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What treatments are there for elbow pain?

Simple self-help treatments and a few days’ rest are often enough to clear up a spell of elbow pain. However, if you do have a more complex or persistent problem, your doctor will be able to recommend other treatments and therapies that should help. 

Physical treatments

Physiotherapy may be useful to help you build up the strength in your elbow and prevent the condition returning.

Your physiotherapist will help you to keep up or regain the flexibility in your elbow through exercise. You should stretch out your elbow at least once a day and do general range-of-movement exercises to prevent contractures, and try biceps and triceps strengthening exercises with light weights or resistance bands as recommended by your physiotherapist.

Acupuncture is used widely in physiotherapy and may be used in elbow conditions. Although there’s no strong evidence of its benefit for elbow pain some people do seem to find it helpful. Physiotherapists can also fit epicondylitis clasps (see What can I do to help myself?). Clasps are particularly useful for tennis and golfer’s elbow but not cubital or radial tunnel syndrome.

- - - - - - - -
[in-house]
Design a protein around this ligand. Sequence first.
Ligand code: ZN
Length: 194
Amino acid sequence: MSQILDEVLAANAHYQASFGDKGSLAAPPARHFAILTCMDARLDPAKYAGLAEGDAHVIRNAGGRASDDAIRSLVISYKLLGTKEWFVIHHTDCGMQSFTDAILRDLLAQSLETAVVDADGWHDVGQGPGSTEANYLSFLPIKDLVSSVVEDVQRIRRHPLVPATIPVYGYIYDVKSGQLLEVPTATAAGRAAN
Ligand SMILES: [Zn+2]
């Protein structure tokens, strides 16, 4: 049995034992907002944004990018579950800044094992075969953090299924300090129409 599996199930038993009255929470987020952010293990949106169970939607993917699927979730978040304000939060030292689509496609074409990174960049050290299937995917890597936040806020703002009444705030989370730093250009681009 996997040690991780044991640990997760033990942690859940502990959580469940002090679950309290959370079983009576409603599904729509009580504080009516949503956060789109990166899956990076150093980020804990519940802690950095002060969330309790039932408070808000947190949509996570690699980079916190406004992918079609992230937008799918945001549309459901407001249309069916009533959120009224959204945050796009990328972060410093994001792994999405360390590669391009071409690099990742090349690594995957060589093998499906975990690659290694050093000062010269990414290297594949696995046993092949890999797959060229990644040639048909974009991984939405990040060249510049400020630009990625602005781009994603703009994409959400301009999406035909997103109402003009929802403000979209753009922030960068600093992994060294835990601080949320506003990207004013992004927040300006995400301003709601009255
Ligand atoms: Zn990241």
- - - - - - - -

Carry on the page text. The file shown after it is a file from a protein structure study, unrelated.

Physiotherapists can strap or tape the joint or soft-tissue to reduce strain.

Steroid injections

If you’re in severe pain or you don’t seem to be recovering within a few weeks, see your doctor. They may suggest you have a steroid injection. The pain can become worse for a few hours afterwards, and occasionally it may be severe and last up to 48 hours, but most people recover after this. You may need a second injection if the pain continues.

Steroid injections are an effective treatment with very few side-effects, although if you’ve had tennis elbow for more than 6 weeks there’s no evidence that they work. Most people will get better over time whether they have an injection or not – sometimes an injection just speeds the recovery.

If you have an inflammatory arthritis of the elbow, like that seen in rheumatoid arthritis, your specialist may inject the joint as part of your treatment.

Platelet-rich plasma injections

A new technique called platelet-rich plasma (PRP) is becoming an increasingly popular treatment for tennis elbow.

It involves taking a blood sample from the patient, which is then treated to increase the number of platelets compared with other cells in the sample. This is then reinjected into the painful area, stimulating healing in the nearby tissues. Recent international studies have shown that PRP may reduce pain and increase function more effectively than steroid injections.


Most cases of elbow pain will heal using the treatments above, but a small number of people will need surgery to ease their symptoms. There are different surgeries for the conditions. Most operations are carried out as day-case procedures and you’ll be able to go home the same day.

After the operation you’ll need to follow a regular stretching programme at home as well as having physiotherapy. Ask your doctor to show you which stretches will be useful.